High-profile investor and Dallas Mavericks owner Mark Cuban today joined those criticizing Facebook’s EdgeRank algorithm, which controls which posts, including those by brands, make it into a user’s timeline.
He argued that Facebook is wrong to base rank on engagement, when users go to Facebook to be passive recipients of information.
“IMHO, FB really risks screwing up something that is special in our lives as a time waster by thinking they have to make it more engaging and efficient,” Cuban wrote. (Cuban may be good with numbers, but he could use some help with grammar.)
“Take away EdgeRank so we all have a fair chance to reach those who like us with Sponsored Posts being a way to improve our odds … I also think that FB is making a big mistake by trying to play games with their original mission of connecting the world,” he wrote.
Cuban says he’s now telling companies he owns or works with to diversify their social media marketing.
Developer Dave Winer, who created the RSS protocol, responded, arguing that Cuban was criticizing Facebook for commercializing itself when that is what all corporate platforms do.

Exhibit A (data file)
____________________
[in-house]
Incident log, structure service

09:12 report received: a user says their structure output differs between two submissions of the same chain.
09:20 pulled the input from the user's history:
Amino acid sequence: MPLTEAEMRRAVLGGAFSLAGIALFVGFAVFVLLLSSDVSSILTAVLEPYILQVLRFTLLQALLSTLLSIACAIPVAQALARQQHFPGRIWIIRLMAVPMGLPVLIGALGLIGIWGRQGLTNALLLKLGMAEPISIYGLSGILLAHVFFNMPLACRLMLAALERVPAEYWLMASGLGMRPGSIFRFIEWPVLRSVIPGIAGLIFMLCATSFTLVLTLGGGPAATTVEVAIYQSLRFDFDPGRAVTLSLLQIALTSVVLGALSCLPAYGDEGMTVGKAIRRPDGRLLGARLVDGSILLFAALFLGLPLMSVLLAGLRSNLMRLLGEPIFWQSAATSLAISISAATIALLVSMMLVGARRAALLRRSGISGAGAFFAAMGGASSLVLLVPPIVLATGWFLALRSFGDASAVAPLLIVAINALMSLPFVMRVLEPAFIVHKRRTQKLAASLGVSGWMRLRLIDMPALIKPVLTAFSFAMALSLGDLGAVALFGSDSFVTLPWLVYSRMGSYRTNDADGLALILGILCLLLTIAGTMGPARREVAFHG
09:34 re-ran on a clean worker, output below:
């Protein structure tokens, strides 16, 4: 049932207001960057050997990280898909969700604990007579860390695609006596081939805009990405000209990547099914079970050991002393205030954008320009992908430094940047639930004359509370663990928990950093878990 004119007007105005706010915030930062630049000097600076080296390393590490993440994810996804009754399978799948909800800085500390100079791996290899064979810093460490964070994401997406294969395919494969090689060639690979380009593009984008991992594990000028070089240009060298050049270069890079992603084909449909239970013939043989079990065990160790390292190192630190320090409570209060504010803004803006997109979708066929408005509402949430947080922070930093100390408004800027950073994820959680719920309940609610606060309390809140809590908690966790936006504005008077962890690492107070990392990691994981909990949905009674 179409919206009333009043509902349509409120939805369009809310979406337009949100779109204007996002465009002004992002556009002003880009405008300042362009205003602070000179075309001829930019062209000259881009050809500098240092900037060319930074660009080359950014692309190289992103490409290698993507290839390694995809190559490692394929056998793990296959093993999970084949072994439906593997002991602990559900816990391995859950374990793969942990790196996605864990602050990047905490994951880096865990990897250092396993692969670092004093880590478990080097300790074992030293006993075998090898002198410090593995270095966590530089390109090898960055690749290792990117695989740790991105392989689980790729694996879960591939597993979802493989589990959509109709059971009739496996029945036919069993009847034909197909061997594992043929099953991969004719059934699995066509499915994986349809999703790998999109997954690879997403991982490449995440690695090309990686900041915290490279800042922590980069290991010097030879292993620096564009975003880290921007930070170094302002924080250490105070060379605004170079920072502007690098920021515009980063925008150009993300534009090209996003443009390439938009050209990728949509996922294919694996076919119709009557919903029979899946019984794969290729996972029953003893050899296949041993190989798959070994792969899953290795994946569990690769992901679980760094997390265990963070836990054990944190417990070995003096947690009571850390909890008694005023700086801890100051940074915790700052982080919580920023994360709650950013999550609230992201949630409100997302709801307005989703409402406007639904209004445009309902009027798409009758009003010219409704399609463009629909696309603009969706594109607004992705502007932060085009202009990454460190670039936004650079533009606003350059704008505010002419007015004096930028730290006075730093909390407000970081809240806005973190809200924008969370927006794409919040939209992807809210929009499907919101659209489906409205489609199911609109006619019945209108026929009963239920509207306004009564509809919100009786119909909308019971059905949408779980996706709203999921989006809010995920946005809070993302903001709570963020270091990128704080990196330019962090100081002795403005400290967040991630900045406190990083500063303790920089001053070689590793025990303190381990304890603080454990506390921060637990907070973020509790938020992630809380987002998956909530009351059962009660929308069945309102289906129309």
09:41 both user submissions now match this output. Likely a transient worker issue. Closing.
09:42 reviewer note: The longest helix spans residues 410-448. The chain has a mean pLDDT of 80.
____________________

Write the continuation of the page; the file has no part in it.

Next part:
Winer took the opportunity to make the case he always makes: Web protocols should be open.
“We need to use the Internet itself as social media. Then you won’t have to worry about Facebook putting their finger on the scale. Let’s create the software you need to license. You can run it on your own servers … Being at the mercy of tech startups like this is not smart,” Winer wrote on his blog.
Because private companies can change their terms of service at any time, relying on their current structure for marketing is dangerous, Winer argued. Twitter is in the process of doing just that, making its API increasingly restrictive, so Cuban’s proposal to move more of his money into Twitter is illogical, according to Winer.
Responding to the same problem, another prominent developer, Dalton Caldwell, established App.net, a transparent, subscription-driven alternative to Twitter.
Cuban remains convinced that competition will fix the problem.
“While there is no question that using any software creates TOS, business pivot and other obvious risks, that isnt [sic] a problem. There are enough current and future competitors to allow for some level of protection,” Cuban commented on Winer’s blog.
But for a major investors like Cuban to claim that common commercial practices like EdgeRank diminish user experience is a significant change in the weather for corporate platforms like Facebook. And with an increasing number of prominent developers proposing viable alternatives, the big social players may feel the heat. After all, the investors and developers could close the loop together.
Photo of Mark Cuban: James Duncan Davidson/O’Reilly Media via Wikimedia
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